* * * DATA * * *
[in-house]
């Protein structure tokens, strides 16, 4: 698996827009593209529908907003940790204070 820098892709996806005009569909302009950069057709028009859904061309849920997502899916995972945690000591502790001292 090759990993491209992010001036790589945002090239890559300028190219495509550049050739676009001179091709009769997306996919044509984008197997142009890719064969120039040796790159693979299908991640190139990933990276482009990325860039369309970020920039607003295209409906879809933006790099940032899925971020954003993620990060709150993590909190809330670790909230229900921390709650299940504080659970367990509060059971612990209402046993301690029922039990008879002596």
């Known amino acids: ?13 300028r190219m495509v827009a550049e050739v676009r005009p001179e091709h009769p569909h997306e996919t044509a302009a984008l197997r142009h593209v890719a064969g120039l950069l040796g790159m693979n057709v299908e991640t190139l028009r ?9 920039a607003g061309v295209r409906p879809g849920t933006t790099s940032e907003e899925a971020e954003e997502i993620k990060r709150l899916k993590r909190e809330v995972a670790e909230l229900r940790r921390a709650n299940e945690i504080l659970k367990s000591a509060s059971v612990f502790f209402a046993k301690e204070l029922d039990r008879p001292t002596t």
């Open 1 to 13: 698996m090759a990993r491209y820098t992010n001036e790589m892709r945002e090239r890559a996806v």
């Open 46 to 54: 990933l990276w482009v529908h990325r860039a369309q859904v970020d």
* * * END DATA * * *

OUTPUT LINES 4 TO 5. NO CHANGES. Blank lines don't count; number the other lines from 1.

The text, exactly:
């Open 1 to 13: 698996m090759a990993r491209y820098t992010n001036e790589m892709r945002e090239r890559a996806v």
């Open 46 to 54: 990933l990276w482009v529908h990325r860039a369309q859904v970020d």